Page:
Preprints
https://doi.org/10.5194/tc-2022-110
https://doi.org/10.5194/tc-2022-110
 
07 Jun 2022
07 Jun 2022
Status: a revised version of this preprint is currently under review for the journal TC.

Impact of atmospheric forcing uncertainties on Arctic and Antarctic sea ice simulation in CMIP6 OMIP

Xia Lin1,2, François Massonnet1, Thierry Fichefet1, and Martin Vancoppenolle3 Xia Lin et al.
  • 1Georges Lemaître Centre for Earth and Climate Research, Earth and Life Institute, Université catholique de Louvain, Louvain-la-Neuve, 1348, Belgium
  • 2Southern Marine Science and Engineering Guangdong Laboratory (Zhuhai), Zhuhai, 519000, China
  • 3Laboratoire d'Océanographie et du Climat, CNRS/IRD/MNHN, Sorbonne Université, 75252, Paris, France

Abstract. Atmospheric reanalyses are valuable datasets to drive ocean-sea ice general circulation model and to propose multi-decadal reconstructions of the ocean-sea ice system in polar regions. However, these reanalyses exhibit biases in these regions. It was previously found that the representation of Arctic and Antarctic sea ice in models participating in the Ocean Model Intercomparison Project Phase 2 (OMIP2, using the Japanese 55-year atmospheric reanalysis) was significantly more realistic than in the OMIP1 (forced by atmospheric state from the Coordinated Ocean-ice Reference Experiments version 2, CORE-II). To understand why, we study the sea ice concentration budget and its relations to surface heat and momentum fluxes, as well as the connections between the simulated ice drift and the ice concentration, the ice thickness and the wind stress in a subset of three models (CMCC-CM2-SR5, MRI-ESM2-0, and NorESM2-LM). These three models are representative of the ensemble and are the only ones to provide the tendencies of ice concentration attributed to dynamic and thermodynamic processes required for the ice concentration budget analysis. It is found that negative summer biases in high-ice concentration regions and positive biases in the Canadian Arctic Archipelago (CAA) and central Weddell Sea (CWS) regions are reduced from OMIP1 to OMIP2 due to surface heat fluxes changes. Net shortwave radiation fluxes provide key improvements in the Arctic interior, CAA and CWS regions. There is also an influence of improved surface wind stress in OMIP2 giving better winter Antarctic ice concentration and the Arctic drift speed simulations near the ice edge. The ice velocity direction simulation in the Beaufort Gyre and the Pacific and Atlantic sectors of the Southern Ocean in OMIP2 are also improved owing to surface wind stress changes. This study provides clues on how improved atmospheric reanalysis products influence sea ice simulations. Our findings suggest that attention should be paid to the radiation fluxes and winds in atmospheric reanalyses in polar regions.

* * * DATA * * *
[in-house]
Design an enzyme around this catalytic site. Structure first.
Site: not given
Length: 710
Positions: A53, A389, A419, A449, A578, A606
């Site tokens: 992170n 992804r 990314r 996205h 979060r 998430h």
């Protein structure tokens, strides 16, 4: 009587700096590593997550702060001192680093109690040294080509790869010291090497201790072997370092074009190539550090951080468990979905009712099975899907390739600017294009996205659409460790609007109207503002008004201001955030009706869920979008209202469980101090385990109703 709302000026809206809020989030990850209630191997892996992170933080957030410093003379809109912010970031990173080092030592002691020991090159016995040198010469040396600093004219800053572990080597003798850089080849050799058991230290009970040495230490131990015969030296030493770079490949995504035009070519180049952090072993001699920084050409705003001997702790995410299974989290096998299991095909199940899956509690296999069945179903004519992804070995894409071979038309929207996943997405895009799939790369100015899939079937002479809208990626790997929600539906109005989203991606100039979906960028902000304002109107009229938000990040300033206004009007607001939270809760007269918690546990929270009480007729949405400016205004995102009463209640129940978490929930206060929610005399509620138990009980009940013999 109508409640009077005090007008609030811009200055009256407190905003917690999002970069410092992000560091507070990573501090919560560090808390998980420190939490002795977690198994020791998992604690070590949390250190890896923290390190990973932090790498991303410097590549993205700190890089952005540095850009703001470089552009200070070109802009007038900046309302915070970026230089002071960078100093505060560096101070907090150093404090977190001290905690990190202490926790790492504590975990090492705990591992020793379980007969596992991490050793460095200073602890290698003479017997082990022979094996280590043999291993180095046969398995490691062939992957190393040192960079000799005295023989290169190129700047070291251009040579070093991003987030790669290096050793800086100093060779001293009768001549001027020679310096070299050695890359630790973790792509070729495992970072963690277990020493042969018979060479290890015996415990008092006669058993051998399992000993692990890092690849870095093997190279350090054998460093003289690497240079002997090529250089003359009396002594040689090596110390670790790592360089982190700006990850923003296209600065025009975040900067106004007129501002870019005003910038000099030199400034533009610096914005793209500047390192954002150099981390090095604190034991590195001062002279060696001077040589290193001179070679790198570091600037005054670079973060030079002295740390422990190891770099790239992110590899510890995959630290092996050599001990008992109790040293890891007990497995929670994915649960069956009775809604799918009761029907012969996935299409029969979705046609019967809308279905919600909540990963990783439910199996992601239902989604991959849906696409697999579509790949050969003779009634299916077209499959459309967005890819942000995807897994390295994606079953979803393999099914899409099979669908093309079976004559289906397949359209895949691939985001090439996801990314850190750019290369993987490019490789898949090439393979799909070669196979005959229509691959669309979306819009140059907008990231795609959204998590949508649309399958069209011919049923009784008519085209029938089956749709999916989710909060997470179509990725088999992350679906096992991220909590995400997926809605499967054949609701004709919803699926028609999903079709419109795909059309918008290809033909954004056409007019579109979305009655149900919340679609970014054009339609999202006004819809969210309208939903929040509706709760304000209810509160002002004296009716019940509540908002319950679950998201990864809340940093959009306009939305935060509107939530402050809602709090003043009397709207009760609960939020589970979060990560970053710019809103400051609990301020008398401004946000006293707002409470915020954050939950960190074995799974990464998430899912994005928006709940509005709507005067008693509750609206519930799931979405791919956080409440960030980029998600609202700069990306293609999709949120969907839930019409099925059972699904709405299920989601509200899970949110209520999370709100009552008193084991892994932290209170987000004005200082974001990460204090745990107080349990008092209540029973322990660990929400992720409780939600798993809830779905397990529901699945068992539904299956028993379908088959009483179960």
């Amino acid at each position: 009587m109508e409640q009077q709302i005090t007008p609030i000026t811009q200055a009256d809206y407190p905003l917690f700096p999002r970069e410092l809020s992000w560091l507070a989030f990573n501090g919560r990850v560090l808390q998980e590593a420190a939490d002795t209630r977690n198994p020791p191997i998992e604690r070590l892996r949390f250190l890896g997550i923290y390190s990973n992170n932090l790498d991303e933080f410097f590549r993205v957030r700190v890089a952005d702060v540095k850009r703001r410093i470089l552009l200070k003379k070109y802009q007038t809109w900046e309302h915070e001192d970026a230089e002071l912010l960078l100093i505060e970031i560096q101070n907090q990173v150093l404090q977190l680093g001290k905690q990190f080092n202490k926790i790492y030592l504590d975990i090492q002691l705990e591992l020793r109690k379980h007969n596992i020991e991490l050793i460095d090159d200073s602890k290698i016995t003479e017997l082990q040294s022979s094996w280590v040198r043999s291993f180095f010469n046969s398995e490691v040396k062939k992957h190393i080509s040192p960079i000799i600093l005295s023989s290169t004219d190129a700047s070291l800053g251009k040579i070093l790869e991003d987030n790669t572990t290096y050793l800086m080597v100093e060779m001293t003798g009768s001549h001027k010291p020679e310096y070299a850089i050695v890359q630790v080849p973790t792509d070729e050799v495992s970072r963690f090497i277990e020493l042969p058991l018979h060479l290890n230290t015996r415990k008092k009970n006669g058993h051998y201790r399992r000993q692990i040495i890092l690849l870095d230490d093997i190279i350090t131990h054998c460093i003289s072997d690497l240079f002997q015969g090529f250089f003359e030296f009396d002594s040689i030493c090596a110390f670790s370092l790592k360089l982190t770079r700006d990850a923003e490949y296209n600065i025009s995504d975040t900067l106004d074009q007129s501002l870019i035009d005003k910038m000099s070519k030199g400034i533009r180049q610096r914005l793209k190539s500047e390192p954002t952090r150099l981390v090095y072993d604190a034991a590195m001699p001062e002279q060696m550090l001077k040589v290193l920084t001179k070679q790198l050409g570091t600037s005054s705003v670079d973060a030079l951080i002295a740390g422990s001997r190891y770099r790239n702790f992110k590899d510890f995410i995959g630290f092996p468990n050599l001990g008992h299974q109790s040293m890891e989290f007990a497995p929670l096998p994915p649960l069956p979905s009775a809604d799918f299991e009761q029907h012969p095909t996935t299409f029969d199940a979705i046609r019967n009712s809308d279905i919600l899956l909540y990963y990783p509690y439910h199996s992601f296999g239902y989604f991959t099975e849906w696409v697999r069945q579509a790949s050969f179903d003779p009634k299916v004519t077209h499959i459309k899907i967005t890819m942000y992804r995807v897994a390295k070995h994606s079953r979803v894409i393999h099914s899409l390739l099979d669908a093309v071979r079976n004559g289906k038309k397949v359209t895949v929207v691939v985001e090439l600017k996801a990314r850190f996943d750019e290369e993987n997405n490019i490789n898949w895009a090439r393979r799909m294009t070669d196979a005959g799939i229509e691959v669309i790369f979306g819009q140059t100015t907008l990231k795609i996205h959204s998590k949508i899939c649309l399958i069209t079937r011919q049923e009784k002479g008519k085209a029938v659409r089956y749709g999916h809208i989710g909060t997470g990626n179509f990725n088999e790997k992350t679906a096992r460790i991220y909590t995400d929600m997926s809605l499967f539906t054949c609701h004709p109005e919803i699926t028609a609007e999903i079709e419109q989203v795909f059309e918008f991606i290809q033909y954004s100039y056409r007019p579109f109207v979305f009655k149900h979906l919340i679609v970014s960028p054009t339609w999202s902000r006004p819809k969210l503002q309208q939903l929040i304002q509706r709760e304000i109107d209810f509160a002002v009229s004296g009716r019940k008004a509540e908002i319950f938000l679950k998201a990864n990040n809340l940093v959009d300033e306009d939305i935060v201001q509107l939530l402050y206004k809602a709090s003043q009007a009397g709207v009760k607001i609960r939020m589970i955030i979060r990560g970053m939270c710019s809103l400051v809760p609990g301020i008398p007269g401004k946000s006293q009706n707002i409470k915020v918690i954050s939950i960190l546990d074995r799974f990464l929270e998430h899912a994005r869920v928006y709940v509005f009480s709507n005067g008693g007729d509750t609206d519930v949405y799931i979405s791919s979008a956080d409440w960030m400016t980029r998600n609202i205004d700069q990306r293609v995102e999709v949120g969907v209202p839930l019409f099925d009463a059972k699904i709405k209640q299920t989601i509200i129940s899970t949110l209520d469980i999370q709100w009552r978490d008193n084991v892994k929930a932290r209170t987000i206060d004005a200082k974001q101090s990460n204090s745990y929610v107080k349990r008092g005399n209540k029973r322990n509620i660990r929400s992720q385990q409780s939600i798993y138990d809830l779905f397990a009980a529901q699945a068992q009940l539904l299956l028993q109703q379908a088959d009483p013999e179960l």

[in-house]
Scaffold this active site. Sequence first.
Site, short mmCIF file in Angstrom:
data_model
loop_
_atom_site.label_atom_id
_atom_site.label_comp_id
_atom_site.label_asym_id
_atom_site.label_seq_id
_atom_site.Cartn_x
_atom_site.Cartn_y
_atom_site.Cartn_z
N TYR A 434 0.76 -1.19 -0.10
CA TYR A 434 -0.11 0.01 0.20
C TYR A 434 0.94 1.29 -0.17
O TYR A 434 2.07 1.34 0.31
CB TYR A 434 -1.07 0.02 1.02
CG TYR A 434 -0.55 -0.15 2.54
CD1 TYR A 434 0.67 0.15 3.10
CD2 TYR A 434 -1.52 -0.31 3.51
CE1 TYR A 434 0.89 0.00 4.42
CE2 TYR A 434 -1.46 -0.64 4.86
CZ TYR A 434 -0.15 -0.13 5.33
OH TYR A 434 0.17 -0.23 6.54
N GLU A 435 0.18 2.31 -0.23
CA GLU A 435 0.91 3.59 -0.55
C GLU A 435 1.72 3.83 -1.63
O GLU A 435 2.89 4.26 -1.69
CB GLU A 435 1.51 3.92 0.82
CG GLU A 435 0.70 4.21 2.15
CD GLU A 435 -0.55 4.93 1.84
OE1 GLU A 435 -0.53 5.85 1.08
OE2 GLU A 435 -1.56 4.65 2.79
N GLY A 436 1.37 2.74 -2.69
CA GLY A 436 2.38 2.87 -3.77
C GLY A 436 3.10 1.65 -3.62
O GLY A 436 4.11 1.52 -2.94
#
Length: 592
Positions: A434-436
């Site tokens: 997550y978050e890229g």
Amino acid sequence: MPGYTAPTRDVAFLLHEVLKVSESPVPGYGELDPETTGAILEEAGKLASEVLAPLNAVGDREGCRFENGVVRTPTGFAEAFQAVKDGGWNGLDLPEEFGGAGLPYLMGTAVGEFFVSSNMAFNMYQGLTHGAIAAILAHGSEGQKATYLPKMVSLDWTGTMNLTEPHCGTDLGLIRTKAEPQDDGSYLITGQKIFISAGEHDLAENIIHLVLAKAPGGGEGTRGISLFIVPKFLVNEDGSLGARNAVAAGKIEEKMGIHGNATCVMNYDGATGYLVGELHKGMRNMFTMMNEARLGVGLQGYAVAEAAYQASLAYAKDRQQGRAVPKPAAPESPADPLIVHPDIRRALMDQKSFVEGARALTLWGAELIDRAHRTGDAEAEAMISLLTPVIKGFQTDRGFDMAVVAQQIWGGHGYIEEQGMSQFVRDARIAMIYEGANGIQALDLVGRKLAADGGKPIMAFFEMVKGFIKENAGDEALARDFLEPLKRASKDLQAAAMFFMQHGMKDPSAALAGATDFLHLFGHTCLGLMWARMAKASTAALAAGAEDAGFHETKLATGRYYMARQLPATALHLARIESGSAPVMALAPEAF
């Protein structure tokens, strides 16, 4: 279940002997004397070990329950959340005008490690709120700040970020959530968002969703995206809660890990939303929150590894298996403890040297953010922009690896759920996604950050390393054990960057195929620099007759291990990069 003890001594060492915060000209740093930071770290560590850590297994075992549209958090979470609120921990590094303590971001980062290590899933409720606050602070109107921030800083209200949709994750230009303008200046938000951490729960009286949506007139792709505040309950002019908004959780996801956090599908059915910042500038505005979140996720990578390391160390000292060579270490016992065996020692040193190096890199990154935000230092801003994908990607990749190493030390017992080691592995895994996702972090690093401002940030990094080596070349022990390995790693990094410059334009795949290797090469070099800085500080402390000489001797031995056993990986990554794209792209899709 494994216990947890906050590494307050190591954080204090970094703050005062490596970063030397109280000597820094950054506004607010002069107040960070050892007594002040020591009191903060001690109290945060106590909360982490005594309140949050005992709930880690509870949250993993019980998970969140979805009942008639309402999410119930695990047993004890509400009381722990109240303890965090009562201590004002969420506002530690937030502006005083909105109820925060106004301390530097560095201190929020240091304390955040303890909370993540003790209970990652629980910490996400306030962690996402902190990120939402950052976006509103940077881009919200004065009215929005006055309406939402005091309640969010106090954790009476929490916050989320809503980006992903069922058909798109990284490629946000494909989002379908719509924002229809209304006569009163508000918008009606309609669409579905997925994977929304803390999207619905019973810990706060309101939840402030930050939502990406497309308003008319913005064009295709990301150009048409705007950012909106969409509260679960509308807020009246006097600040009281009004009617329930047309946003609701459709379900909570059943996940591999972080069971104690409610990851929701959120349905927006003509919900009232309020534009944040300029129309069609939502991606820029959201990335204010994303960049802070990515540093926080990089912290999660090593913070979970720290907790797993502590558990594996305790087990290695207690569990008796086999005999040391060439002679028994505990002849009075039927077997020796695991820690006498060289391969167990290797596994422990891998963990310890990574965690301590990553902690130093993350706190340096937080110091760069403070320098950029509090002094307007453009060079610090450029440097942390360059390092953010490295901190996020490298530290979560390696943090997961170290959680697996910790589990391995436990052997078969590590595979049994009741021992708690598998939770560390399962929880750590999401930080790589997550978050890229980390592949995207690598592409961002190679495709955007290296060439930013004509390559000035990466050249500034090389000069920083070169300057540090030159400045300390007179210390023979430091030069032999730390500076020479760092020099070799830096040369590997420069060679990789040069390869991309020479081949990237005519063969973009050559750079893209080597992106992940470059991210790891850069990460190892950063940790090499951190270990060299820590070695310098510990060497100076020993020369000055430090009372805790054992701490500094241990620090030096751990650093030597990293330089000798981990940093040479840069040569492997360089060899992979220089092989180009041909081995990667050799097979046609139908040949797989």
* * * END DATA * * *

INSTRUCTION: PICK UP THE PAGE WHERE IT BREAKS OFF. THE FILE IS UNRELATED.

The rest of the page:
Xia Lin et al.

Status: final response (author comments only)

Comment types: AC – author | RC – referee | CC – community | EC – editor | CEC – chief editor | : Report abuse
  • RC1: 'Comment on tc-2022-110', Anonymous Referee #1, 05 Jul 2022
    • AC1: 'Reply on RC1', Xia Lin, 16 Sep 2022
  • RC2: 'Comment on tc-2022-110', Anonymous Referee #2, 05 Aug 2022
    • AC2: 'Reply on RC2', Xia Lin, 16 Sep 2022
    • AC3: 'Reply on RC2', Xia Lin, 16 Sep 2022

Xia Lin et al.

Xia Lin et al.

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Short summary
This study provides clues on how improved atmospheric reanalysis products influence sea ice simulations in ocean-sea ice models. The summer ice concentration simulation in both hemispheres can be improved with changed surface heat fluxes. The winter Antarctic ice concentration and the Arctic drift speed near the ice edge and the ice velocity direction simulations are improved with changed wind stress. The radiation fluxes and winds in atmospheric reanalyses are crucial for sea ice simulation.